I love that at a jazz concert, if someone plays something you like, you can whoop and clap your approval. It feels natural. It feels organic. It feels human. However, serious jazz listening also goes the way of classical music in that the ritual begins to take over the human experience: you play the head, you solo, clapping only happens after solos, and then you play the head again. This is a bit disappointing to me when it seems so obvious that the music is so obviously at its best when it’s adventurous, wild, and dangerous. But again, I realize that for what we sacrifice in our experience we also gain a lot. I am thankful that I have a space to go to that is so listening focused yet I somehow crave compromise.
I started listening to jazz when I was in music school but I started getting into swing music in a big way about four or five years ago through the local swing dance scene. Swing dancing hooked me big time. This was a way of appreciating the concert experience in a way that I had not experienced before. I had always sort of danced but this style of dance was offering a unique framework for the improvisation to be a communal improvisatory project between two people instead of the solitary one I’d experienced up to this point. This mirrors the philosophy of the playing as well. Improvisation exists in all styles of music all around the world but relatively few have a paradigm of an improvising collective. In Jazz, you aren’t just playing a solo to be the star – you’re listening to everybody else in the band and trying to go somewhere together. In the dance, instead of being the star of your own dance epic, you’re also interacting with another human being with a personality, preferences, and flailing limbs.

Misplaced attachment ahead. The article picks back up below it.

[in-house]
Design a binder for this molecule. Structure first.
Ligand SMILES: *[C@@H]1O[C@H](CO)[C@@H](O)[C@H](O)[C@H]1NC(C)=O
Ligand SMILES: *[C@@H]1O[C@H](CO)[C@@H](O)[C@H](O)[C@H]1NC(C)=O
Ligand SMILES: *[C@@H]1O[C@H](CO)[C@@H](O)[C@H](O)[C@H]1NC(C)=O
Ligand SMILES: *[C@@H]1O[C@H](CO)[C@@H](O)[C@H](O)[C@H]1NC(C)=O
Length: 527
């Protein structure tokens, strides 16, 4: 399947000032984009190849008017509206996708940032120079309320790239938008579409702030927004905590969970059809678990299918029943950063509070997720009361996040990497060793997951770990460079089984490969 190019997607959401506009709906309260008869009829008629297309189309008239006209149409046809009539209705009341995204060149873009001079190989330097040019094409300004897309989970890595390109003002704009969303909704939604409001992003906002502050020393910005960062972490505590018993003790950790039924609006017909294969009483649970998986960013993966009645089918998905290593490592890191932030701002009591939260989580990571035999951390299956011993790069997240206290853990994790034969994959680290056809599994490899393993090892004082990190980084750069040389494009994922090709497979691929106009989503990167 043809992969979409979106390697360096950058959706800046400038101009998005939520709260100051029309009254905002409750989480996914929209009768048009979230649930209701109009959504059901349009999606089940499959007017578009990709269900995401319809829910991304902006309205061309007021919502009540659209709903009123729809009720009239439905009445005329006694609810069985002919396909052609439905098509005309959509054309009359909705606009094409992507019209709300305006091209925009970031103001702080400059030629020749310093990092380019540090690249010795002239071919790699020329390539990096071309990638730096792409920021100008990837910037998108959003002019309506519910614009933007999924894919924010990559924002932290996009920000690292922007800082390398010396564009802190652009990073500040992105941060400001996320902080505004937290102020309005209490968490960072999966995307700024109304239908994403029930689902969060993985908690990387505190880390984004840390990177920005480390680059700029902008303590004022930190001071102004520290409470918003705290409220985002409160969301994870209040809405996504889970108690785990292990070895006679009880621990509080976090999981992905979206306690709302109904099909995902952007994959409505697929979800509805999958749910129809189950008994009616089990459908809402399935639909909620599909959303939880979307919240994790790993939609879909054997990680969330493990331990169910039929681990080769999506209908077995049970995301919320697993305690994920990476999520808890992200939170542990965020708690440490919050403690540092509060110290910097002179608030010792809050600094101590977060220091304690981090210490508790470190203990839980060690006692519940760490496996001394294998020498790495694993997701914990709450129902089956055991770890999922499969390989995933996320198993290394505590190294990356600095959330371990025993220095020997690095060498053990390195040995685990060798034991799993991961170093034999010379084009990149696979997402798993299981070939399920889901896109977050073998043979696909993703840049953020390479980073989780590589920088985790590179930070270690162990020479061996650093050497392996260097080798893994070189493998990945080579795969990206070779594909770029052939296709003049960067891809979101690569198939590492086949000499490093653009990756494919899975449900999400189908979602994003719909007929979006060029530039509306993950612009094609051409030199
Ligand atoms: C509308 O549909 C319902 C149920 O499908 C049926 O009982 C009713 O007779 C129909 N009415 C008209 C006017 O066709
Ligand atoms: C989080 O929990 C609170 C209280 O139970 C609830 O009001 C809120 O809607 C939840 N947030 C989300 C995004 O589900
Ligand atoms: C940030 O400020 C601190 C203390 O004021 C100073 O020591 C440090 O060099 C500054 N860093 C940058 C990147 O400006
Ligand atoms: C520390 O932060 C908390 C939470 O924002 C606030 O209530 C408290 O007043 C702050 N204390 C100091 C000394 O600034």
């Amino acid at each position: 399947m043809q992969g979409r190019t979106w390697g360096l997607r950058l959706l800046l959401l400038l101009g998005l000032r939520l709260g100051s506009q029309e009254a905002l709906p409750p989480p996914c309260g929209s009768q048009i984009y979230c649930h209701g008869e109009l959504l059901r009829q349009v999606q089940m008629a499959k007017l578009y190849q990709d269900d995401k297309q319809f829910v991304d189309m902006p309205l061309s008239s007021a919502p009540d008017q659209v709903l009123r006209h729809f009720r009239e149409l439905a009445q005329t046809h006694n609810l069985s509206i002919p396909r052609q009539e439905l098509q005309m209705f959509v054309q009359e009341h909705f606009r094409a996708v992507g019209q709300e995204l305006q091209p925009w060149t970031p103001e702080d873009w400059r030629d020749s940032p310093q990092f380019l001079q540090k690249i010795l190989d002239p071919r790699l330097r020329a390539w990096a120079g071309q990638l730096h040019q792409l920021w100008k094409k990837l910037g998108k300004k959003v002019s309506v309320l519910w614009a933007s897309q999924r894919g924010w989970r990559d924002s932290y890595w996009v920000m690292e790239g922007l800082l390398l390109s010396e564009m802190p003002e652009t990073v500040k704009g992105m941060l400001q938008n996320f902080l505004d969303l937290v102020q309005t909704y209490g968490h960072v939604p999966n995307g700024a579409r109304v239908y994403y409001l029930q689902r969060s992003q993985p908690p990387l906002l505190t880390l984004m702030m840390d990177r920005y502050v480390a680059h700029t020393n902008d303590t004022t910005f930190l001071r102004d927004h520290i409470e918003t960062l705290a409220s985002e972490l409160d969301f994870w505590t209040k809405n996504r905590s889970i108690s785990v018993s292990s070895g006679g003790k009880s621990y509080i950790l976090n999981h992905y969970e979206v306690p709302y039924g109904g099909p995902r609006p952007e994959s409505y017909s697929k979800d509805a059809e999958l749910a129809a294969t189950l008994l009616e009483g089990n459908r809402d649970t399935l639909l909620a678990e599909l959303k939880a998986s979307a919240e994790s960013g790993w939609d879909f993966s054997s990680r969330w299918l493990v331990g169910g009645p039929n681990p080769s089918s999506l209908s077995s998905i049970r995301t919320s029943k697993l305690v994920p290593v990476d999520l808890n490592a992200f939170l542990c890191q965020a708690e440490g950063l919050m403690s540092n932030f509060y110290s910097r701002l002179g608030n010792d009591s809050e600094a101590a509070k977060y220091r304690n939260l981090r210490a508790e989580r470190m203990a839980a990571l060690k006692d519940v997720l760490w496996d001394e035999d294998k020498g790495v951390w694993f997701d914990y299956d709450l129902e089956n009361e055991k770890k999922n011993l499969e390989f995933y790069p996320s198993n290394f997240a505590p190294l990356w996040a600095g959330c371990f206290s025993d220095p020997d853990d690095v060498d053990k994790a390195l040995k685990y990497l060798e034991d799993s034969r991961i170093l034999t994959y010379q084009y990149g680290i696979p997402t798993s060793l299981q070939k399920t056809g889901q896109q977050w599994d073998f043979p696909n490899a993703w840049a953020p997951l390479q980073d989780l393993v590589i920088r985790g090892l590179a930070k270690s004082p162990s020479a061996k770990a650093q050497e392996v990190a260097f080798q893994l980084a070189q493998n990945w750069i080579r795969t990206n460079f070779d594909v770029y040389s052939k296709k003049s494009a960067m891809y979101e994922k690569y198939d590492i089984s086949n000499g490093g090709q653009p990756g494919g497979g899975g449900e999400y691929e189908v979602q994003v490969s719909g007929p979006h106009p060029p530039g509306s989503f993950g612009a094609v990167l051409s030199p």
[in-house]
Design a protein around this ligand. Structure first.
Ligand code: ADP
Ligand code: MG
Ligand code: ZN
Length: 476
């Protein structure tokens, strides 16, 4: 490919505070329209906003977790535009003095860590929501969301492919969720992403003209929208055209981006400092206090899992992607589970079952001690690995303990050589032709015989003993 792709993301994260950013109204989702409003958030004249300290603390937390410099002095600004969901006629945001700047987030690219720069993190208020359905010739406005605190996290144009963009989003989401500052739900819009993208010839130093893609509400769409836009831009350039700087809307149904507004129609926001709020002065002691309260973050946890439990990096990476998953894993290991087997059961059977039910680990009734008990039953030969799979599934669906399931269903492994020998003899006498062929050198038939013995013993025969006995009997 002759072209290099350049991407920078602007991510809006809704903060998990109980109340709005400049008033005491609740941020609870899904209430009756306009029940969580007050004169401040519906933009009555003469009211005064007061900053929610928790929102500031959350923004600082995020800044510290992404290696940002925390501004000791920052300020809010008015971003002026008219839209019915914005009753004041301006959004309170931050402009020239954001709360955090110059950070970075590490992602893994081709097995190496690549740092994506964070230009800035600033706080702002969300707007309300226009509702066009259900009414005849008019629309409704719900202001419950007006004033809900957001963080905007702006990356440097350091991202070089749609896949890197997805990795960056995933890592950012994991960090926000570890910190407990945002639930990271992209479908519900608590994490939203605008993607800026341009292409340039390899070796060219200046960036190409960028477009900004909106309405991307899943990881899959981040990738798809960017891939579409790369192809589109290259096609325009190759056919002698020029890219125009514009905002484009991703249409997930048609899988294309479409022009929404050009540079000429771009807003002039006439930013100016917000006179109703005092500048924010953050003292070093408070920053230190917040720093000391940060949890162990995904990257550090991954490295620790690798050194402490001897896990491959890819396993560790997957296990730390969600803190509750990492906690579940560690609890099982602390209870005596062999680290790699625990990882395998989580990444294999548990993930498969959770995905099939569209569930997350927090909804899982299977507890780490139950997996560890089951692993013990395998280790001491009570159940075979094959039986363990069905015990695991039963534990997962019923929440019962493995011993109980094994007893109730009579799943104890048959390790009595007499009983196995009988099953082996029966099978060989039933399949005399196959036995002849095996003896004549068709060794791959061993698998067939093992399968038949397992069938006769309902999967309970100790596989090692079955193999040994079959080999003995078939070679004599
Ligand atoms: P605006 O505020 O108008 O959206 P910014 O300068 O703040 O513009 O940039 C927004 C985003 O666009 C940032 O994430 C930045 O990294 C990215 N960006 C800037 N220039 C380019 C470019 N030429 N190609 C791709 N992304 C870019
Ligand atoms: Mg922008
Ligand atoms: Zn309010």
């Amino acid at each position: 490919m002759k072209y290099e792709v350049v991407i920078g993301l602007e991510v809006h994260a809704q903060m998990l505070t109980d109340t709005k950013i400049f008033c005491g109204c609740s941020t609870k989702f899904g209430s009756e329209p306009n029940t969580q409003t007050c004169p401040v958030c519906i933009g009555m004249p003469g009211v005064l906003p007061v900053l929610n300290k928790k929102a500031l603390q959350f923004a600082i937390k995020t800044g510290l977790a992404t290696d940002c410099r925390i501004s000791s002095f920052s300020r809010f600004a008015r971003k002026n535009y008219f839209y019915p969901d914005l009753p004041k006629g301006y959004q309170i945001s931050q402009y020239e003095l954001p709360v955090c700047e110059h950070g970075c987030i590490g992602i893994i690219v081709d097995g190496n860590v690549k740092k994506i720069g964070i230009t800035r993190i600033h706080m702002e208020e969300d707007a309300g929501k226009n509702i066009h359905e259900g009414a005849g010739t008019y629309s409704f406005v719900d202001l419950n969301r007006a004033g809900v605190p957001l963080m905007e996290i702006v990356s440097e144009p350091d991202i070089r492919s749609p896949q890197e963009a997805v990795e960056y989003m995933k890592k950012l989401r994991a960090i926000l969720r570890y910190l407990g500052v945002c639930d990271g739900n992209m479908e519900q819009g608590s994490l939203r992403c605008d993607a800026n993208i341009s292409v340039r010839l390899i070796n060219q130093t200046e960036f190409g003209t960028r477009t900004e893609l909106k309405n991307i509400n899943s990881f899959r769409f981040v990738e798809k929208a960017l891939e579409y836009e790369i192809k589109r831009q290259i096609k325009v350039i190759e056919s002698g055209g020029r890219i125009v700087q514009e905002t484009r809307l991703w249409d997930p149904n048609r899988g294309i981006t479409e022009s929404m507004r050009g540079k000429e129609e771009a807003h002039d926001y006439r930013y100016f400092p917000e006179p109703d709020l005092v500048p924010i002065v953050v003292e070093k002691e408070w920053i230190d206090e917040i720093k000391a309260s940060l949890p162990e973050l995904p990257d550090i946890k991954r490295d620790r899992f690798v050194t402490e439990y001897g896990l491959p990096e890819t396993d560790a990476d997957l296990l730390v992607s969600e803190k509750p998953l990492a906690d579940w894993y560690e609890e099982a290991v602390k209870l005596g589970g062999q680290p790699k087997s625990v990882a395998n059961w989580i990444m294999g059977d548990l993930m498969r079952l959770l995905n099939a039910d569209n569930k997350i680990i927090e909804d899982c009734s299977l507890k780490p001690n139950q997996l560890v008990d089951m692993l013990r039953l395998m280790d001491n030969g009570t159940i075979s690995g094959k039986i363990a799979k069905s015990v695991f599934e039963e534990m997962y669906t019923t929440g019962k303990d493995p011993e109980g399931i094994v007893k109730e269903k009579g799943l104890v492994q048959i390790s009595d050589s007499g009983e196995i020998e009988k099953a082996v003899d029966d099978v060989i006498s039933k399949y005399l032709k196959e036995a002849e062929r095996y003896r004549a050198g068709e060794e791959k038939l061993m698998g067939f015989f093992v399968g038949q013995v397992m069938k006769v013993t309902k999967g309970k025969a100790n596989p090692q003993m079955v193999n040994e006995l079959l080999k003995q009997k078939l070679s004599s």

I brought with me to these swing dances my concert hall listening experiences. I found that when I had danced myself to exhaustion I could be reinvigorated by taking a break and simply listening to what somebody was playing; having a hall of people swinging the daylights out of each other is very motivating for an improviser and you can hear it in their playing. I’ve picked out some surprisingly touching moments coming from the horns on those stages. I also found that if I wanted to I could have a conversation with my peers without having to shout over the bedlam in the hall. The music is LOUD enough for what it needs to be. This resulted in me still having the use of my vocal chords the next day and will probably save my hearing for my forthcoming old age. At these concerts I am free to dance madly, shout obscenely, listen intently, or ignore completely. I still go to the symphony and the opera. And my heart still belongs to the halls I flailed around in when I had a mohawk and wore spikes on my jacket. But I am thankful to have also discovered a space that meets my needs with such elegant simplicity. Swing it!